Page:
The Deep Structure of Word Problems | Nurturing Wisdom Tutoring

Jumping into the Deep End: Moving from Surface Structure to Deep Structure

In previous posts, Sara introduced the concept of surface structure & deep structure when it comes to problem solving. She then went on to describe the ways the surface structure of problems can help students understand certain aspects of those problems or concepts. Now Sara goes into more detail about how, through knowledge transfer, we can help students move beyond the surface structure of problems to understand their underlying deep structure.

Transfer (applying past knowledge to new situations or problems)is an essential part of how we define learning. We can’t say that we’ve really mastered a concept or skill until we can apply our knowledge in different situations. The question is: how can we promote transfer?

As I explained in my last post, students have an easier time recognizing deep structure if the surface structure is familiar. The key point here is that familiar surface structure is not necessary to solve a problem – but it is helpful. I’ve noticed that when working with ACT students over the years, most of them have an easier time tackling percentage word problems when they have a familiar context. Take these examples:

1) Sheila had lunch at a restaurant. Her bill was $20, and she wants to leave a 20% tip. How much is her total?

2) A business purchases its inventory at lower wholesale prices and then sells items to the public at higher retail prices. Sheila, the owner of a shoe store, purchases shoes at $20 per pair, and she sells them for 20% more than she paid. What is the retail price of the shoes?

Even though the calculations are identical, most high school students have an easier time with the first problem because they’ve had experience with leaving a tip at a restaurant. It’s rare that you’ll find a high school student who has experience determining retail prices based on wholesale cost.

In the same vein, if my son had had more experience with track and field, he probably wouldn’t have balked at the ‘laps around the track’ addition problem. He’d probably have more confidence tackling this problem: “If an artist uses 2 cans of paint to make one mural, how many cans of paint would he need to make 2 murals?” than he would this problem: “If there are 2 hydrogen atoms in one molecule of H2O, how many hydrogen atoms are in 2 molecules of H2O?” What we can take away from this is that the more exposure a student has to different subjects, the easier it will be to transfer knowledge – and the easier it will be to learn new information, period! Encourage your children to expand their base of knowledge by going to museums, reading books, participating in extracurricular activities, and engaging them in conversation on different topics. This is a case where more is definitely better!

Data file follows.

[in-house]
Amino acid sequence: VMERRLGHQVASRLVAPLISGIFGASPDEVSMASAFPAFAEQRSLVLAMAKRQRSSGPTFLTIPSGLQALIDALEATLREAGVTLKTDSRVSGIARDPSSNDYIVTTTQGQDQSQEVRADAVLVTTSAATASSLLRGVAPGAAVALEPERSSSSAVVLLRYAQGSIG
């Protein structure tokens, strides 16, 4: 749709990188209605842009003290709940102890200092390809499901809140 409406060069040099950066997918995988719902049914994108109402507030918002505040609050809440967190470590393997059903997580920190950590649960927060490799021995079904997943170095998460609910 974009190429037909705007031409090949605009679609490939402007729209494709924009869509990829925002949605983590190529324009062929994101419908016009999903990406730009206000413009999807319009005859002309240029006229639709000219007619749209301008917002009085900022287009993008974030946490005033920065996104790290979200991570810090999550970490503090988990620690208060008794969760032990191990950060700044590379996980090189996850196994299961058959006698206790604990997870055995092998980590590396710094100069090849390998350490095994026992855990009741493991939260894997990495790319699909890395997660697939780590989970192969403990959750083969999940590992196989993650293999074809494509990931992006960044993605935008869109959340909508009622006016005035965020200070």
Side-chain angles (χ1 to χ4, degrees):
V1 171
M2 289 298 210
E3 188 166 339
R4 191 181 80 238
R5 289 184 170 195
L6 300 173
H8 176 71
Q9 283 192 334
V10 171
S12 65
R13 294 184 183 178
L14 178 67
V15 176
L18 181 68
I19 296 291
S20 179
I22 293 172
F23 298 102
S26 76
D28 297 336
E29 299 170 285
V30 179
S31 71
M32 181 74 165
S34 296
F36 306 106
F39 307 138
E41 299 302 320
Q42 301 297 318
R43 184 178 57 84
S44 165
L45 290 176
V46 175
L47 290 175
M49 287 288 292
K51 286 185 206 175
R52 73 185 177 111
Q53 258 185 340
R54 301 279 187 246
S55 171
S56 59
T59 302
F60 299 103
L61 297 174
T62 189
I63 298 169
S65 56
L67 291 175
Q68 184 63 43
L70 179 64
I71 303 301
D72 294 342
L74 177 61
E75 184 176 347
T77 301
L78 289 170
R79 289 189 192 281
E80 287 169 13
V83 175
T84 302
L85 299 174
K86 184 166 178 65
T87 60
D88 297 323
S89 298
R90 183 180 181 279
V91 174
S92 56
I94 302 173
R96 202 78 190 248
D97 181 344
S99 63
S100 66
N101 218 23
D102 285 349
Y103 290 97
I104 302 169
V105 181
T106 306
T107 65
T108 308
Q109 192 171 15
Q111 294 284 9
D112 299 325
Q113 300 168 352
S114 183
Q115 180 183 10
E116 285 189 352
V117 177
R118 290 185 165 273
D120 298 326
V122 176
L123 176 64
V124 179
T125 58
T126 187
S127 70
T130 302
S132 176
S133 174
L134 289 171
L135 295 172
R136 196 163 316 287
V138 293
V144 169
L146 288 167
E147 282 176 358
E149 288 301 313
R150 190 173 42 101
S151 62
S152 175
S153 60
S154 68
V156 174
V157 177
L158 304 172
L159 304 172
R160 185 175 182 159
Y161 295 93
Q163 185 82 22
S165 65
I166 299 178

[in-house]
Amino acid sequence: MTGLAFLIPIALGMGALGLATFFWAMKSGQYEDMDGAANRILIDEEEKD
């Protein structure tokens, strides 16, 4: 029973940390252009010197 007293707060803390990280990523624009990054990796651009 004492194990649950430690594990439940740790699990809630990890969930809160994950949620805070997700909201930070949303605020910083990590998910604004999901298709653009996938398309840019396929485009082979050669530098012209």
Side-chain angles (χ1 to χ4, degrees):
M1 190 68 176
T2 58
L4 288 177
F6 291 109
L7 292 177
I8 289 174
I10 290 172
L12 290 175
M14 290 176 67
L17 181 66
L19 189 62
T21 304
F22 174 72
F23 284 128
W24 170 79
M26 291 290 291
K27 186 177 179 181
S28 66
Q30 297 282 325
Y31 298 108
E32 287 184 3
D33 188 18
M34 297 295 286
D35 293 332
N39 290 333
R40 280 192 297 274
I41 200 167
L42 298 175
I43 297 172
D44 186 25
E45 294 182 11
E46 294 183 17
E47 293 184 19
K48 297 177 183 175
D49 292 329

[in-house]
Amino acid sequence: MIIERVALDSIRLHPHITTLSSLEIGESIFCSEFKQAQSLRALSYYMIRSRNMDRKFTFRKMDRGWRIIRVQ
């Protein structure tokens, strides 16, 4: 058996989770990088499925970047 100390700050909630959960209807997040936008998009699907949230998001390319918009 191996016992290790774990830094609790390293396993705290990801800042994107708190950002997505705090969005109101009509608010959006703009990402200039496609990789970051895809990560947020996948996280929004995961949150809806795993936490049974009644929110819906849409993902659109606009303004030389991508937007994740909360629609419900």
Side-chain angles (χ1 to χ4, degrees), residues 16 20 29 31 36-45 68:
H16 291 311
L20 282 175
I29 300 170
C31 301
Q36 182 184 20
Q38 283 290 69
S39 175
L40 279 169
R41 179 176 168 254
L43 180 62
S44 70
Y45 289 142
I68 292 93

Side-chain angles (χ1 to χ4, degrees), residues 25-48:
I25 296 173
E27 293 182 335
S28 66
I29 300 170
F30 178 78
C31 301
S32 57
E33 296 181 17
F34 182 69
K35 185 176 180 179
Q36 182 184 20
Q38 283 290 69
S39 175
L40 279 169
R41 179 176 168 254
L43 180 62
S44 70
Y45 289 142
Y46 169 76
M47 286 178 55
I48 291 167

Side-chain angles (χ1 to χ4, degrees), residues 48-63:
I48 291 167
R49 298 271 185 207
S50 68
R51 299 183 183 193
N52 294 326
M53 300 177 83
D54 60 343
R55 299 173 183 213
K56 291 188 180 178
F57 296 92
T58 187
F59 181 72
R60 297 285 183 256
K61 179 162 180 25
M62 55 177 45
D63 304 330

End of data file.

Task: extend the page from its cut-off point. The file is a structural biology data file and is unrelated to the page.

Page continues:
As helpful as a wide base of knowledge is, a student doesn’t need to be familiar with the surface structure of a problem in order to recognize its deep structure. How can we promote knowledge transfer to unfamiliar contexts?

The answer: lots of practice!

This may seem oversimplified, but the truth is that it’s easier said than done. I think most of us know that practice is a necessary part of learning, and that the more practice a student has with different types of problems, the more apparent the deep structure of those problems becomes. After all, when I think of the variety of addition problems that I’ve seen in my lifetime, the amount of exposure my 7-year-old has had seems miniscule. With more practice, the ‘laps around the track’ problem will become as simple to him as it was to me, and the deep structure of addition problems will eventually be unmistakable.

Practice has other benefits in addition to promoting transfer. It helps students retain information for longer periods of time. It also helps basic skills become automatic, which frees up “thinking space” in the brain for performing higher-level problem solving.

The tricky part is keeping students engaged during all that practice! Here are some tips from Willingham in Why Don’t Students Like School?:

  • Break up practice into small chunks of time over a long period. There’s no need to do two hours of practice in one sitting. Instead, try fifteen or twenty minutes a day for a week or two.
  • Vary the problems. Different surface structures not only help with transfer, they can help a student stay interested, too.
  • Mix up the skills in the practice. If a student seems to have a pretty good handle on multiplication word problems but needs more practice, try throwing an occasional addition or subtraction problem into the mix. It’ll keep her actively thinking about the problems.
  • Practice “old” skills in the context of new ones. If students need continued practice with reading aloud, it isn’t necessary to just have them read story after story. Reading aloud could be involved in a lesson about plot or character, or it could be a natural part of acting out a dramatic work.

At Nurturing Wisdom, our guideline is to provide an immense amount of practice, distributed over time, and across varied contexts. Looping, a technique we use when tutoring math, is one way we’ve managed to apply these guidelines with excellent results. I’ve begun using looping with my son for addition, subtraction, and now multiplication problems, whenever teachable moments arise. As a rising third grader, he’s hardly seen the end of stumping math problems – and I’m sure I’ve hardly scratched the surface of moments that I will be surprised and confused as a parent! – but we’re at least one step further along the path of his growth as a student, and I have a much better understanding of how to guide him along in the future.